It’s the end of another month, which means it’s time to talk about one of my other favorite subjects aside from food — books. Though I’m just about to dive into some library books as I put this post up, I did make some progress with my personal to-read shelf and read some pretty cool stuff. Take a look:
Secrets (by Ruskin Bond) – This slim volume of short stories was the second Ruskin Bond book I picked up while on my recent trip to India — another set of stories clearly influenced by Bond’s childhood growing up in Dehradun. This was a really fast read for me — a couple of the stories were so-so, while others were more poignant (and even adventurous).
The Orphan Master’s Son (by Adam Johnson) – Considering the news cycle lately, I picked a fine time to read this book, which had been sitting on my to-read shelf for close to a year now. I’ve never been to North Korea, so I’m not going to be one of those people who goes on about how this book, a work of fiction, captures North Korea so well. It does seem to capture aspects of it very well based on some nonfiction books I’ve read (and the author certainly did do his research and travel briefly through the country). The book ultimately isn’t necessarily meant to be particularly realistic, but while it is certainly not the most cheerful of books, it is incredibly compelling and probably one of the better novels I’ve read in a long time. I would highly recommend this one.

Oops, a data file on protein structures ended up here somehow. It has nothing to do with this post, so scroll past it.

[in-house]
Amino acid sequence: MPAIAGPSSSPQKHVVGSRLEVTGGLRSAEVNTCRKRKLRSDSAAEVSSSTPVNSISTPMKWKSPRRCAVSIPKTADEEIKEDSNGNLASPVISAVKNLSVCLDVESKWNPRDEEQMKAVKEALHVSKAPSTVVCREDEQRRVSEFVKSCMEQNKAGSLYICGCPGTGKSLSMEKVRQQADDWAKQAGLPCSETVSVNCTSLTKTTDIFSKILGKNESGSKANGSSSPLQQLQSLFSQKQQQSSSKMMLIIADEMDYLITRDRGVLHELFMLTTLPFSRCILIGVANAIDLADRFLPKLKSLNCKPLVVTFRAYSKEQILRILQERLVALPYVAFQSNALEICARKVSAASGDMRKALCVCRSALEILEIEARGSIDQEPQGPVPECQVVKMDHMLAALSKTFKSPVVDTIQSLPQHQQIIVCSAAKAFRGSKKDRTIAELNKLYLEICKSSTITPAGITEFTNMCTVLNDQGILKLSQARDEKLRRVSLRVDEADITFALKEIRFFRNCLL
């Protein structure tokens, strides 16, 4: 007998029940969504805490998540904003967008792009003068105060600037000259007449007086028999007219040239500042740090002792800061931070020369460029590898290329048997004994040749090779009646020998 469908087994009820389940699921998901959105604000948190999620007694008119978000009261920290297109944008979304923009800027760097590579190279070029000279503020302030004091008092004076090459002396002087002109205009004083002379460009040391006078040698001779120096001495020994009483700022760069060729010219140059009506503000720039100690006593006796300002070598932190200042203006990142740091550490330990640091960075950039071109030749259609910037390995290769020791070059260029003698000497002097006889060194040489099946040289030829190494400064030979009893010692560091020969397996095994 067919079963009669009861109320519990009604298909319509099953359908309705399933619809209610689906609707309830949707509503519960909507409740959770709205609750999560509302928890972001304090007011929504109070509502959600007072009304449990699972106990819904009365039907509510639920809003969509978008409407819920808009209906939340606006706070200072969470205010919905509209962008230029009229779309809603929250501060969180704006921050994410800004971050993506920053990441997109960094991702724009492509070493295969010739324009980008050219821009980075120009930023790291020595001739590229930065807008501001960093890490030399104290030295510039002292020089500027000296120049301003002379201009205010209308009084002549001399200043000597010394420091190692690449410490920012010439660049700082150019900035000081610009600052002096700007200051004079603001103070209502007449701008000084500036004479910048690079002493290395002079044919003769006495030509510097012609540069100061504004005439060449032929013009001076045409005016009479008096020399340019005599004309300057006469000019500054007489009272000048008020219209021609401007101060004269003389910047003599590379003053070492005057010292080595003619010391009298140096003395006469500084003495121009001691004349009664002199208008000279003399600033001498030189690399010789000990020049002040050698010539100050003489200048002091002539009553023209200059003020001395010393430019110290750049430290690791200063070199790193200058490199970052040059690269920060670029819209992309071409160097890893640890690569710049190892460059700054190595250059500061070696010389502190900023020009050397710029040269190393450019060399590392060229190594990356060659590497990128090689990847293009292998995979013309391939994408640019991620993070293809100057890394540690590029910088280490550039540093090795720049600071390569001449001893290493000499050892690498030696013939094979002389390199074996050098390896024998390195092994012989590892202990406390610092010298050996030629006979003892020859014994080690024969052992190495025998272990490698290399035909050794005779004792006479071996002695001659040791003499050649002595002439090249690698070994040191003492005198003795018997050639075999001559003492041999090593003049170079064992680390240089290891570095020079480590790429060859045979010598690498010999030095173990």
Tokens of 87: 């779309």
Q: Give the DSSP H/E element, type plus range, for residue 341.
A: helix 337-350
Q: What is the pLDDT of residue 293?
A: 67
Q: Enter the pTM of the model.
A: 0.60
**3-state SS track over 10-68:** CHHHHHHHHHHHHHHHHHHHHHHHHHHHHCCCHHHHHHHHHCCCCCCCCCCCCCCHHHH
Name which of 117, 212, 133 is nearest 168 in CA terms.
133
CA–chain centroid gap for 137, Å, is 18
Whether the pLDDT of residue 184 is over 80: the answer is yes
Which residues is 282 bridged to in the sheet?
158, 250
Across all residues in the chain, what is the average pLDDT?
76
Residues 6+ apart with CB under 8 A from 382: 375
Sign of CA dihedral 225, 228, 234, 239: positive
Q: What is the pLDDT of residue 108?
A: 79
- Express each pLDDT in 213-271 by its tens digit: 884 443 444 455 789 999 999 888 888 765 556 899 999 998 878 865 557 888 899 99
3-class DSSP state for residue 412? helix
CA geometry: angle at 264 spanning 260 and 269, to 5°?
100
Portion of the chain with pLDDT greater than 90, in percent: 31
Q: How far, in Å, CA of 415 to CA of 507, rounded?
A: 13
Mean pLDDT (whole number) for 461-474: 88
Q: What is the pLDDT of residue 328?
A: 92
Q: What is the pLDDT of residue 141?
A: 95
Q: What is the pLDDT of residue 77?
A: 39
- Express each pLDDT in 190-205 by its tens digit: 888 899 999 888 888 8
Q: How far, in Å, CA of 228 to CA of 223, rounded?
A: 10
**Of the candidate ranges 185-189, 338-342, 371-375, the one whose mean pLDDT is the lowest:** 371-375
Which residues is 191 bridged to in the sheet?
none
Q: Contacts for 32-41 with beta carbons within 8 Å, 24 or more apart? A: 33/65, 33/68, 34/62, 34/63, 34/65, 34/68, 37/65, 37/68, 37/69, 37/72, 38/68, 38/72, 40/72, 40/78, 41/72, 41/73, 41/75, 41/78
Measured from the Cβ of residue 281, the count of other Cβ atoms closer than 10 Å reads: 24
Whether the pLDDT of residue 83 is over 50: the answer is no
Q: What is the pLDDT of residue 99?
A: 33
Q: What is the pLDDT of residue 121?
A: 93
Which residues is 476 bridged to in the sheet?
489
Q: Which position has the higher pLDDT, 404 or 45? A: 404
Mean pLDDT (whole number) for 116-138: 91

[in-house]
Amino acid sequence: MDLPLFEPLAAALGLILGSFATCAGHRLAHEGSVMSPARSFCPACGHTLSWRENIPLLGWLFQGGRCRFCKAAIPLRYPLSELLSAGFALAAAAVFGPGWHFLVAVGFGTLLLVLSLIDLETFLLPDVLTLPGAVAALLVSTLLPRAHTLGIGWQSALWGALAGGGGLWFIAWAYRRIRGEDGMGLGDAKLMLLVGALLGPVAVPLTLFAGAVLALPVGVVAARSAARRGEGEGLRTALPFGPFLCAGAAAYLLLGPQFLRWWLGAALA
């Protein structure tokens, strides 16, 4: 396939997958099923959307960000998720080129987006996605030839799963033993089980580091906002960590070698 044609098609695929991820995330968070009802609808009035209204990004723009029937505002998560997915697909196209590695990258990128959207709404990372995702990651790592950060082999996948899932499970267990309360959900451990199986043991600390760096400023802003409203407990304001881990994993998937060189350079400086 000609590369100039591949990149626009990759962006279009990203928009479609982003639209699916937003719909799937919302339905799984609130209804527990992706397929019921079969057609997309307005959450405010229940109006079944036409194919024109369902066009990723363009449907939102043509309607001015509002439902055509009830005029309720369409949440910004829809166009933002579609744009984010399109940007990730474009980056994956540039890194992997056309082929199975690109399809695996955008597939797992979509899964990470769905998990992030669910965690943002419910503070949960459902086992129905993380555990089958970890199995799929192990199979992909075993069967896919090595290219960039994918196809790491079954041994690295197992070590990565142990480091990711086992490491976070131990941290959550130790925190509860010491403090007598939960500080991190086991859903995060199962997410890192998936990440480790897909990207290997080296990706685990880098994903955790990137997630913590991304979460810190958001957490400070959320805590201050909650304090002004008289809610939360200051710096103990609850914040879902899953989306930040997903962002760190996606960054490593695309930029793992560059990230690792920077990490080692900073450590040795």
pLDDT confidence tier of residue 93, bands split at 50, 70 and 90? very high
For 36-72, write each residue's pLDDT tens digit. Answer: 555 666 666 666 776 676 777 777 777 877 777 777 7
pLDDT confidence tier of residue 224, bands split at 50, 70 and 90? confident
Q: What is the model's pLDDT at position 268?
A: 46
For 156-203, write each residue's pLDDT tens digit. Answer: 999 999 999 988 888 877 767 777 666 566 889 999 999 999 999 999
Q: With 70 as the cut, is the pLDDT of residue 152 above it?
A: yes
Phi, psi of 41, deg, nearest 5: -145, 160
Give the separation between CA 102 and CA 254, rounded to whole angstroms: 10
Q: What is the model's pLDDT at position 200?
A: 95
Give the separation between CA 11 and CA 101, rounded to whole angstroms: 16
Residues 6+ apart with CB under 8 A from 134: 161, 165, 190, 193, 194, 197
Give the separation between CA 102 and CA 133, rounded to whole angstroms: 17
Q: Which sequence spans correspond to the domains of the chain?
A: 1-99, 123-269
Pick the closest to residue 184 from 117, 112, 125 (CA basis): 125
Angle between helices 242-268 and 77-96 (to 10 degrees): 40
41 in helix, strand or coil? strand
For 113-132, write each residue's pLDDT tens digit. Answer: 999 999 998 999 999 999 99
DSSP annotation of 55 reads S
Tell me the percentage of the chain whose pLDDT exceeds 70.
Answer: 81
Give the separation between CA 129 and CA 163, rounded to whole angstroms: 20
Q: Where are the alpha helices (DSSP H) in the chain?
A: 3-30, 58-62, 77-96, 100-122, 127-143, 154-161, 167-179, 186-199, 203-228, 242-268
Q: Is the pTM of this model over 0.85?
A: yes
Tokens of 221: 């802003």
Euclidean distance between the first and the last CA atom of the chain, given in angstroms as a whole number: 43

Do Androids Dream of Electric Sheep? (by Philip K. Dick) – Since this was the month of Blade Runner, I thought now would be a fine time to read the book the movie was based on. The only other Philip K. Dick book I read before this was A Scanner Darkly and I don’t think I had any idea what was going on while reading that book, so this novel wound up being an improvement to me. I know a number of people who think Blade Runner is better than the book it was based on — I’m not sure if I’m willing to say that either the book or movie are better, but I did enjoy reading Do Androids Dream of Electric Sheep?, partially due to the fact that I spent a lot of time dissecting what eventually made it into the film and what didn’t, and what subtle nods to the book ended up in the film even if other plot points were cut out. If you like Blade Runner or science fiction novels at all, I do think this is a worthwhile read, but just be prepared for it to be a book that has its own identity outside of the movie.